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Use, Effectiveness and Impact of Police Stop and Search Powers

NCJ Number
C F Willis
Date Published
45 pages
Police in four English police agencies surveyed (two metropolitan and two provincial) have wide discretion in stop and search procedures and conduct about twice the number of stops as statistics have recorded.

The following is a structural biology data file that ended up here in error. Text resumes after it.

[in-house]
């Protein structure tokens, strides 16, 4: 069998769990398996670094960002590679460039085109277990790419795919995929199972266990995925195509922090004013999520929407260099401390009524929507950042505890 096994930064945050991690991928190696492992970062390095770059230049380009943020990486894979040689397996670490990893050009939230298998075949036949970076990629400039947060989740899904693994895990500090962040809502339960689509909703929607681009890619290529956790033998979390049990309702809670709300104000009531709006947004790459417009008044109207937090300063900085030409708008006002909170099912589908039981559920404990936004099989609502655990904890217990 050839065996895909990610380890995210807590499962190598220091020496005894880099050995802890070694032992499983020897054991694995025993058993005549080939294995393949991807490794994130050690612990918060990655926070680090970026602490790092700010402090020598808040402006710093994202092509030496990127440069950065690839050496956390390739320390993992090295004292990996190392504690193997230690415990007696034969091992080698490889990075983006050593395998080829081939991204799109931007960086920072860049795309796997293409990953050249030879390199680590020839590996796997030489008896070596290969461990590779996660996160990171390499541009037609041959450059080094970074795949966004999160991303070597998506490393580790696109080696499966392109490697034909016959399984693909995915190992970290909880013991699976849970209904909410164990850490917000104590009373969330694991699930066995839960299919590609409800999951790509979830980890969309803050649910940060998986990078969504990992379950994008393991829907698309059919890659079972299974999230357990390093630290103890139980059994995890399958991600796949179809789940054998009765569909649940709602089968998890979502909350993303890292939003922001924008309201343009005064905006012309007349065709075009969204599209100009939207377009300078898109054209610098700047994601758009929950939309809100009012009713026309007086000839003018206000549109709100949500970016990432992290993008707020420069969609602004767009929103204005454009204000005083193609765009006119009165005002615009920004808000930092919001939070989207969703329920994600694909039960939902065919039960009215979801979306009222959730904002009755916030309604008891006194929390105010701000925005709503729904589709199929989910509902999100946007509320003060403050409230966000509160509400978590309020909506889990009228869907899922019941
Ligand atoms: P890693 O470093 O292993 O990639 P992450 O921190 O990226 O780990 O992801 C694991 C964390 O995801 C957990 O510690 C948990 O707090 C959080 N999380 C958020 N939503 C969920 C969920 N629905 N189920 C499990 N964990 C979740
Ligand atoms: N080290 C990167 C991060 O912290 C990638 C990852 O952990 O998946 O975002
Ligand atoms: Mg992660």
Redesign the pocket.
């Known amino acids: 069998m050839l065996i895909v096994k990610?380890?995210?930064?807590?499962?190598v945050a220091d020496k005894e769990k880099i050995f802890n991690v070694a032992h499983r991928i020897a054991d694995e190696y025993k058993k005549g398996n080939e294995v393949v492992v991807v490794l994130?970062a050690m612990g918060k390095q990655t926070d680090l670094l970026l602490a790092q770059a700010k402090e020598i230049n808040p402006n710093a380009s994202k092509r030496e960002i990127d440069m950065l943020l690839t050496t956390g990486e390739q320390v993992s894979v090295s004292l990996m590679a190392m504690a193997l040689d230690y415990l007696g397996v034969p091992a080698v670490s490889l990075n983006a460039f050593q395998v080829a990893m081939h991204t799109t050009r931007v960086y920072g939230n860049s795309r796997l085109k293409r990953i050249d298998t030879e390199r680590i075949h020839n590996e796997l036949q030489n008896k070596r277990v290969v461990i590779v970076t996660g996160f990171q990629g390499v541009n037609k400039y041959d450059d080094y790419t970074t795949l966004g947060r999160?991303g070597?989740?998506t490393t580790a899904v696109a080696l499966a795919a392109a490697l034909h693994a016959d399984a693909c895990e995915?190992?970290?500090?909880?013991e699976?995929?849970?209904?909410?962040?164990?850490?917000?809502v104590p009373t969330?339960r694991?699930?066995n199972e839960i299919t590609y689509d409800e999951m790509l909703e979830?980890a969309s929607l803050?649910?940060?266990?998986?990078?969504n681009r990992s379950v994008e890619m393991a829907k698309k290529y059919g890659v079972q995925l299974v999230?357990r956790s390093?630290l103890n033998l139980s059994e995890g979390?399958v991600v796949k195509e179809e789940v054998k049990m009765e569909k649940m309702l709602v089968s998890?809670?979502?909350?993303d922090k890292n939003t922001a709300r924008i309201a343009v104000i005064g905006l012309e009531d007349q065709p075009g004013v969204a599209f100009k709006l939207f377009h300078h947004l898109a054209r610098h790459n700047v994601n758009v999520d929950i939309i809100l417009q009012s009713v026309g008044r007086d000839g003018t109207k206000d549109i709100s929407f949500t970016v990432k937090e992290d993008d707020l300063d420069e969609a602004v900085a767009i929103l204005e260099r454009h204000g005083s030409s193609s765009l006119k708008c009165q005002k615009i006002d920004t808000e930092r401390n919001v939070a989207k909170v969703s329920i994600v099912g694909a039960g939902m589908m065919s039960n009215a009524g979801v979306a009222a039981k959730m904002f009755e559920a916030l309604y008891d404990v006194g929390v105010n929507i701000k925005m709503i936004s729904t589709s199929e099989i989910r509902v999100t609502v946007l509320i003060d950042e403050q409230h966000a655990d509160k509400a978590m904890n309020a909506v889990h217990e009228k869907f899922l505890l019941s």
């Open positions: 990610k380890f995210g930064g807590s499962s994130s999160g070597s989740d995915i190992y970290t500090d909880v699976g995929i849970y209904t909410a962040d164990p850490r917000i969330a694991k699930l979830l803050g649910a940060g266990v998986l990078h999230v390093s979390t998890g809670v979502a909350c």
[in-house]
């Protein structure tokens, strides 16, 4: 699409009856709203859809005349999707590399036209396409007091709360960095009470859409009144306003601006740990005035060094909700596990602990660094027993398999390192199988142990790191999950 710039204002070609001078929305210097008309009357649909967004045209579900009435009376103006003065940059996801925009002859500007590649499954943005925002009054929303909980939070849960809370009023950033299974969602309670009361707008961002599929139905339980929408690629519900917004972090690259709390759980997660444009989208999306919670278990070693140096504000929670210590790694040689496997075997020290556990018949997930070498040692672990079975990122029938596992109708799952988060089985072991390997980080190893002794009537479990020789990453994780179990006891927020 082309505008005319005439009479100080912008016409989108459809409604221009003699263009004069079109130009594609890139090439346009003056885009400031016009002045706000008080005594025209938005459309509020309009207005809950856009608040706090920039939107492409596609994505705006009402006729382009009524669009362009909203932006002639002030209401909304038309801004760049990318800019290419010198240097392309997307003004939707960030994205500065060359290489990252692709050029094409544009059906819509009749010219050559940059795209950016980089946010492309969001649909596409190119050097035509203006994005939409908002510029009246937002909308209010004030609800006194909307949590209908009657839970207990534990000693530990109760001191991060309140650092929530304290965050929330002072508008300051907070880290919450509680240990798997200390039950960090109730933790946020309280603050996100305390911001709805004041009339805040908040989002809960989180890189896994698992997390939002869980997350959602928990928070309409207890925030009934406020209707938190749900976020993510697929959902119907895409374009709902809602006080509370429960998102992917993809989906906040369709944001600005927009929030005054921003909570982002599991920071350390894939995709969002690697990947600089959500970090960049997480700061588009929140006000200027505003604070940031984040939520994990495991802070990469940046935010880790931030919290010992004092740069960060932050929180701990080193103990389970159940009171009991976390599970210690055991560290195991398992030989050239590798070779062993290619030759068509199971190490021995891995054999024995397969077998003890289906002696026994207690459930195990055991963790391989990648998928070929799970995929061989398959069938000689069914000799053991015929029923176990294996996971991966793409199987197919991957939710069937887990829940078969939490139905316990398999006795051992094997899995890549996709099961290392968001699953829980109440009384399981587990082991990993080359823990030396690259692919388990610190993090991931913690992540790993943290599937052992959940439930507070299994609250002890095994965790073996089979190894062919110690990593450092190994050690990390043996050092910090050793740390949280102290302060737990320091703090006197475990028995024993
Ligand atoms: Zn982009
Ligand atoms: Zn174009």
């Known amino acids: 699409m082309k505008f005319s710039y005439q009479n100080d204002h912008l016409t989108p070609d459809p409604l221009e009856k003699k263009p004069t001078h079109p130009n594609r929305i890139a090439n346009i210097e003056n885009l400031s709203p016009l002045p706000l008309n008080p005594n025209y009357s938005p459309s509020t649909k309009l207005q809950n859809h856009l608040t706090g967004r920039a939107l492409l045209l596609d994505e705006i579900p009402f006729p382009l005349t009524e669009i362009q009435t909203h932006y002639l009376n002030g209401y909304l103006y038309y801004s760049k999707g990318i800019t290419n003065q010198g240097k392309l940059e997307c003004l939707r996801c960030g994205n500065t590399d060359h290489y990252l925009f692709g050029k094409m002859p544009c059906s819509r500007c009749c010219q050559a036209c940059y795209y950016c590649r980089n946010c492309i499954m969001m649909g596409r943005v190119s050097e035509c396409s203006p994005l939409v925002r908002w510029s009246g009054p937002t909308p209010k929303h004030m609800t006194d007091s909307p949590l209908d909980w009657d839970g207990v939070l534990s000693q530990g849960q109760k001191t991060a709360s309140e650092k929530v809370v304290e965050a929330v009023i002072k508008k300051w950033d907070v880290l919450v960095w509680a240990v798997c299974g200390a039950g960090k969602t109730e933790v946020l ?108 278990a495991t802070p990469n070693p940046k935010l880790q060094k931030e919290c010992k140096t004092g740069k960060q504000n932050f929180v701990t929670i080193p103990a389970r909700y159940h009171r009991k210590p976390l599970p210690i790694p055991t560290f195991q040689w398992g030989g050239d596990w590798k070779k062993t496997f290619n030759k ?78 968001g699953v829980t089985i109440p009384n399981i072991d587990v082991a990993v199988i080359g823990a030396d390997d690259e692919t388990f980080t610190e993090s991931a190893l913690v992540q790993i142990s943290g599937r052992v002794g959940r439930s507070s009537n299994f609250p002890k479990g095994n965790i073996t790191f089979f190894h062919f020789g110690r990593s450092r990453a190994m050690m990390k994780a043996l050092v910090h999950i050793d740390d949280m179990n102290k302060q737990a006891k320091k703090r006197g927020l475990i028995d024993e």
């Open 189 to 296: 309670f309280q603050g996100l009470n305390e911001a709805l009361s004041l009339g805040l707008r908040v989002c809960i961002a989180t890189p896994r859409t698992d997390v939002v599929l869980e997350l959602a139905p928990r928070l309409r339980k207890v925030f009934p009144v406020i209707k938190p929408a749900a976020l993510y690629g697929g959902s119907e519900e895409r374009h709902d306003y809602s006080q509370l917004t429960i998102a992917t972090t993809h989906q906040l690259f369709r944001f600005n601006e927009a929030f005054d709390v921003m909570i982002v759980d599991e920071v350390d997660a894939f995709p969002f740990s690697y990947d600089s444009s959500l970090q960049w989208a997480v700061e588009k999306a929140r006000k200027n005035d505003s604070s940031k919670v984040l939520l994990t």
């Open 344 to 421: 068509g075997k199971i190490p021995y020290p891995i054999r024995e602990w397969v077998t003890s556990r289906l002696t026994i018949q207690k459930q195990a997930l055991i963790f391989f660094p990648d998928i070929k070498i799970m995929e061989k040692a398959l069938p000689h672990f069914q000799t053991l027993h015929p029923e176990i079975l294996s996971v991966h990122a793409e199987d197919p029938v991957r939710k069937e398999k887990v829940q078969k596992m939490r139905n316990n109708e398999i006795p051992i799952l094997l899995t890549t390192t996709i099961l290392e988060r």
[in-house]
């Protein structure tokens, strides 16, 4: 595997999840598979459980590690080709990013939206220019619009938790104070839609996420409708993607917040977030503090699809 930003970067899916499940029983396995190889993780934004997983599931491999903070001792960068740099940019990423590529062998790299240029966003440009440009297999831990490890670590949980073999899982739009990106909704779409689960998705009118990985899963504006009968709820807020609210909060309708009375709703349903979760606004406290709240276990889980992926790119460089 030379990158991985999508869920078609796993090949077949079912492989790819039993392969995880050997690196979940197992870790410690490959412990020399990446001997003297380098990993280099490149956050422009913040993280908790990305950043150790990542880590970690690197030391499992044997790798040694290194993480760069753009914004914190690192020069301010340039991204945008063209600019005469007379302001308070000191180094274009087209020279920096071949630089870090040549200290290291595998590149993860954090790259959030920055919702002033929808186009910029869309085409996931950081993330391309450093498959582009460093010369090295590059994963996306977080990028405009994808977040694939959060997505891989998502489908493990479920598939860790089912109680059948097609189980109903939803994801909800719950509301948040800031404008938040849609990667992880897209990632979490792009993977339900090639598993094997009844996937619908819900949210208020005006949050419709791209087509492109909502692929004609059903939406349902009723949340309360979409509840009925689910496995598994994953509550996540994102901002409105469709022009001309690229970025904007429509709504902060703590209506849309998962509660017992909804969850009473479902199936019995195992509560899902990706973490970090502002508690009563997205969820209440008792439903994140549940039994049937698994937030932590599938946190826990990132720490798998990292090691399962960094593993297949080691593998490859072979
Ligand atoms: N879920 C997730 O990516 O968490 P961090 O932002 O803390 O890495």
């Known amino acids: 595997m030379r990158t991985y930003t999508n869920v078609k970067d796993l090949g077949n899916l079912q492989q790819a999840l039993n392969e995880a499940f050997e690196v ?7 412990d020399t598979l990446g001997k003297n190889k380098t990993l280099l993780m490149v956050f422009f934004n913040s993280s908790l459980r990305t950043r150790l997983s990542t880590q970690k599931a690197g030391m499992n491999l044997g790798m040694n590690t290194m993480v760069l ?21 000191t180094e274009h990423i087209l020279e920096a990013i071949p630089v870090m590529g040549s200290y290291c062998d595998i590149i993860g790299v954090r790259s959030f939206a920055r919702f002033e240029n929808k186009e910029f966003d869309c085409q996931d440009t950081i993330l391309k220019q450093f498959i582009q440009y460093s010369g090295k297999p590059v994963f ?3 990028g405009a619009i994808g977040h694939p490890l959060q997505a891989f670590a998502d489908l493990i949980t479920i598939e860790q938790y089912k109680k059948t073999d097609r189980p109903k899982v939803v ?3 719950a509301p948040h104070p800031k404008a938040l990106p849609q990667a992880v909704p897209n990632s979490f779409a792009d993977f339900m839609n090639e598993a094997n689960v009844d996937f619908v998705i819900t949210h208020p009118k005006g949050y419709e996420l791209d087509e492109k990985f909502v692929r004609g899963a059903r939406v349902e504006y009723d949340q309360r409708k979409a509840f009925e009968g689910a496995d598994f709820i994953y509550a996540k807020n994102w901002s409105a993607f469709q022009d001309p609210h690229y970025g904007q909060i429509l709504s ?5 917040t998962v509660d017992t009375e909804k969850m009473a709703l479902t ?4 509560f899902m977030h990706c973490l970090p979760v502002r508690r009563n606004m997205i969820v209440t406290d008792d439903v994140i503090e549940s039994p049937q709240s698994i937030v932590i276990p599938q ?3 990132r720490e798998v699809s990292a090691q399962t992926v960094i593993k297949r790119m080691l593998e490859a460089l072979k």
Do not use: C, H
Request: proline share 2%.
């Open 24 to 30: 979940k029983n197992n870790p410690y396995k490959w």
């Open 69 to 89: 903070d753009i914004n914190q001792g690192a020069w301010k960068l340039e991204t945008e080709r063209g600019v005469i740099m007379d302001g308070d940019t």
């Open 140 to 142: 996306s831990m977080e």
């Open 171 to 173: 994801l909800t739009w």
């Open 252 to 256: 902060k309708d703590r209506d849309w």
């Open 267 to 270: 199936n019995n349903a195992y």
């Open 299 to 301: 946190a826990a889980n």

Blacks, particularly young males, are much more likely to be stopped and searched by police than whites. Nevertheless, the proportion of persons stopped who are subsequently prosecuted is the same for blacks as for whites. The percentage of arrests resulting from typical stops is much lower than for other stops, particularly for controlled drugs. Metropolitan police make more arrests from stops than provincial forces, although arrests for serious offenses are less likely to follow from stops. Because high rates of stopping or searching can damage police-community relations, it is suggested that police formally record all searches and informally record those stops that the public resents so as to monitor their effects on community relations. Footnotes and statistical tables are supplied. Appendixes present relevant legislation, 32 references, and a list of Home Office research reports.